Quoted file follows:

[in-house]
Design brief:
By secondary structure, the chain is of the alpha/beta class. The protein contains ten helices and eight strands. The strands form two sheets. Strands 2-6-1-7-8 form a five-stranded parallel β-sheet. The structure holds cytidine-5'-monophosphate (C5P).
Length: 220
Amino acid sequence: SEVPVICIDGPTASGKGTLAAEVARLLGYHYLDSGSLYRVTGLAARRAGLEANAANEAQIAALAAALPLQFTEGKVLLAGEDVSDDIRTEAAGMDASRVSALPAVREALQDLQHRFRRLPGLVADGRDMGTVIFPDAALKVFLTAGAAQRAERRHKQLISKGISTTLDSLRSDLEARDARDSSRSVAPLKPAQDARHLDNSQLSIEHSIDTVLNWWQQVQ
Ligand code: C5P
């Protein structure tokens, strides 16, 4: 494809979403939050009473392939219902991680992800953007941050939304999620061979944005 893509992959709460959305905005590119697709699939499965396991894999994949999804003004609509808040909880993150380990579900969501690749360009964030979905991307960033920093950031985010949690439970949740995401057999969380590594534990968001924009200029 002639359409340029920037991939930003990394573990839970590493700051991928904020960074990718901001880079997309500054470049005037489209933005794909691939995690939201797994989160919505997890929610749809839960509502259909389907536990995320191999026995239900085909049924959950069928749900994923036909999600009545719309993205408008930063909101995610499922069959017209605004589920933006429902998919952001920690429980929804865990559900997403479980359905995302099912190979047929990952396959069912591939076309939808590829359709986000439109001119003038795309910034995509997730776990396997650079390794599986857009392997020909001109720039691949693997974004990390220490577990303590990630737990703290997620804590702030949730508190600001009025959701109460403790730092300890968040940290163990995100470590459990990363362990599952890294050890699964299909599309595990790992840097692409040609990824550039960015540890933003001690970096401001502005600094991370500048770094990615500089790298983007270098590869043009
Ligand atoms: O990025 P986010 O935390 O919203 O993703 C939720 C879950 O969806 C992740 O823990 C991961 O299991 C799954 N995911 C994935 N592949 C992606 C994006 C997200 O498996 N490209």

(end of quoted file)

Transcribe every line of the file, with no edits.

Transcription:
[in-house]
Design brief:
By secondary structure, the chain is of the alpha/beta class. The protein contains ten helices and eight strands. The strands form two sheets. Strands 2-6-1-7-8 form a five-stranded parallel β-sheet. The structure holds cytidine-5'-monophosphate (C5P).
Length: 220
Amino acid sequence: SEVPVICIDGPTASGKGTLAAEVARLLGYHYLDSGSLYRVTGLAARRAGLEANAANEAQIAALAAALPLQFTEGKVLLAGEDVSDDIRTEAAGMDASRVSALPAVREALQDLQHRFRRLPGLVADGRDMGTVIFPDAALKVFLTAGAAQRAERRHKQLISKGISTTLDSLRSDLEARDARDSSRSVAPLKPAQDARHLDNSQLSIEHSIDTVLNWWQQVQ
Ligand code: C5P
């Protein structure tokens, strides 16, 4: 494809979403939050009473392939219902991680992800953007941050939304999620061979944005 893509992959709460959305905005590119697709699939499965396991894999994949999804003004609509808040909880993150380990579900969501690749360009964030979905991307960033920093950031985010949690439970949740995401057999969380590594534990968001924009200029 002639359409340029920037991939930003990394573990839970590493700051991928904020960074990718901001880079997309500054470049005037489209933005794909691939995690939201797994989160919505997890929610749809839960509502259909389907536990995320191999026995239900085909049924959950069928749900994923036909999600009545719309993205408008930063909101995610499922069959017209605004589920933006429902998919952001920690429980929804865990559900997403479980359905995302099912190979047929990952396959069912591939076309939808590829359709986000439109001119003038795309910034995509997730776990396997650079390794599986857009392997020909001109720039691949693997974004990390220490577990303590990630737990703290997620804590702030949730508190600001009025959701109460403790730092300890968040940290163990995100470590459990990363362990599952890294050890699964299909599309595990790992840097692409040609990824550039960015540890933003001690970096401001502005600094991370500048770094990615500089790298983007270098590869043009
Ligand atoms: O990025 P986010 O935390 O919203 O993703 C939720 C879950 O969806 C992740 O823990 C991961 O299991 C799954 N995911 C994935 N592949 C992606 C994006 C997200 O498996 N490209």